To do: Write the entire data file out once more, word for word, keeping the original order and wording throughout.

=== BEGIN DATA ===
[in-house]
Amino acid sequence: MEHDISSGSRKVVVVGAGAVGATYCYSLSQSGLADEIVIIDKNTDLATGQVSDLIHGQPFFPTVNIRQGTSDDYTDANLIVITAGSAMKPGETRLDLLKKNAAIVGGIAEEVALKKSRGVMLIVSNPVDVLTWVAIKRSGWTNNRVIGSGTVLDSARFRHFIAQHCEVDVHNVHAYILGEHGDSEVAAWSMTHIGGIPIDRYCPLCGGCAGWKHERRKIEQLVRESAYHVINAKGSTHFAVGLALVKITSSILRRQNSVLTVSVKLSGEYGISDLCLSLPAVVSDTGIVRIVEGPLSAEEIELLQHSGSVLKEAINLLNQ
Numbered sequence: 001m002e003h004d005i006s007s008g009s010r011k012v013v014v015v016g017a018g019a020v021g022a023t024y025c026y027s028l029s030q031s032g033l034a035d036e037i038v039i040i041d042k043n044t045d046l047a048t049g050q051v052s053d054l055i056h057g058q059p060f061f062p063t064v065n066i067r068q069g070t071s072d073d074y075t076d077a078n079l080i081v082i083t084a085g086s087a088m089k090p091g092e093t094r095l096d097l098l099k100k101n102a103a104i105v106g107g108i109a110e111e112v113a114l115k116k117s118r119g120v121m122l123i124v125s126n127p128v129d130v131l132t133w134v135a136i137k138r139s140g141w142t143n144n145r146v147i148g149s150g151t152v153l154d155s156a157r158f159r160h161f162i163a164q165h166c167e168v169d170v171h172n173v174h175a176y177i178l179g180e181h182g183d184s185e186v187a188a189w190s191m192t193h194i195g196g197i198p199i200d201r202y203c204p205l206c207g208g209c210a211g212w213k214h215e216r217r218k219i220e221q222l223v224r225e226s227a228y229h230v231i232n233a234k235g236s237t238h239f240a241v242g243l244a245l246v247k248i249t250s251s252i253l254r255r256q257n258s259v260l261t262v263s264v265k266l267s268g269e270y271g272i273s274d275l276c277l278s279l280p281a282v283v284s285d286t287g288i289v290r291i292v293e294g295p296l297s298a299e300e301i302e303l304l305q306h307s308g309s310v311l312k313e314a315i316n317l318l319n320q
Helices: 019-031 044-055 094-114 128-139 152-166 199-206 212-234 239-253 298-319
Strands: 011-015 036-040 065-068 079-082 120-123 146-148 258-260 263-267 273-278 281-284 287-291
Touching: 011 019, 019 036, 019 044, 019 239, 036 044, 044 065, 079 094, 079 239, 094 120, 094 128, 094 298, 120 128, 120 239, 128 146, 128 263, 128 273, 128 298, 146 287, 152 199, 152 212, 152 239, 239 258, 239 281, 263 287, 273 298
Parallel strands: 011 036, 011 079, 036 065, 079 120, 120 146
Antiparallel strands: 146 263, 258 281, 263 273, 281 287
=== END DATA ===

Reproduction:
[in-house]
Amino acid sequence: MEHDISSGSRKVVVVGAGAVGATYCYSLSQSGLADEIVIIDKNTDLATGQVSDLIHGQPFFPTVNIRQGTSDDYTDANLIVITAGSAMKPGETRLDLLKKNAAIVGGIAEEVALKKSRGVMLIVSNPVDVLTWVAIKRSGWTNNRVIGSGTVLDSARFRHFIAQHCEVDVHNVHAYILGEHGDSEVAAWSMTHIGGIPIDRYCPLCGGCAGWKHERRKIEQLVRESAYHVINAKGSTHFAVGLALVKITSSILRRQNSVLTVSVKLSGEYGISDLCLSLPAVVSDTGIVRIVEGPLSAEEIELLQHSGSVLKEAINLLNQ
Numbered sequence: 001m002e003h004d005i006s007s008g009s010r011k012v013v014v015v016g017a018g019a020v021g022a023t024y025c026y027s028l029s030q031s032g033l034a035d036e037i038v039i040i041d042k043n044t045d046l047a048t049g050q051v052s053d054l055i056h057g058q059p060f061f062p063t064v065n066i067r068q069g070t071s072d073d074y075t076d077a078n079l080i081v082i083t084a085g086s087a088m089k090p091g092e093t094r095l096d097l098l099k100k101n102a103a104i105v106g107g108i109a110e111e112v113a114l115k116k117s118r119g120v121m122l123i124v125s126n127p128v129d130v131l132t133w134v135a136i137k138r139s140g141w142t143n144n145r146v147i148g149s150g151t152v153l154d155s156a157r158f159r160h161f162i163a164q165h166c167e168v169d170v171h172n173v174h175a176y177i178l179g180e181h182g183d184s185e186v187a188a189w190s191m192t193h194i195g196g197i198p199i200d201r202y203c204p205l206c207g208g209c210a211g212w213k214h215e216r217r218k219i220e221q222l223v224r225e226s227a228y229h230v231i232n233a234k235g236s237t238h239f240a241v242g243l244a245l246v247k248i249t250s251s252i253l254r255r256q257n258s259v260l261t262v263s264v265k266l267s268g269e270y271g272i273s274d275l276c277l278s279l280p281a282v283v284s285d286t287g288i289v290r291i292v293e294g295p296l297s298a299e300e301i302e303l304l305q306h307s308g309s310v311l312k313e314a315i316n317l318l319n320q
Helices: 019-031 044-055 094-114 128-139 152-166 199-206 212-234 239-253 298-319
Strands: 011-015 036-040 065-068 079-082 120-123 146-148 258-260 263-267 273-278 281-284 287-291
Touching: 011 019, 019 036, 019 044, 019 239, 036 044, 044 065, 079 094, 079 239, 094 120, 094 128, 094 298, 120 128, 120 239, 128 146, 128 263, 128 273, 128 298, 146 287, 152 199, 152 212, 152 239, 239 258, 239 281, 263 287, 273 298
Parallel strands: 011 036, 011 079, 036 065, 079 120, 120 146
Antiparallel strands: 146 263, 258 281, 263 273, 281 287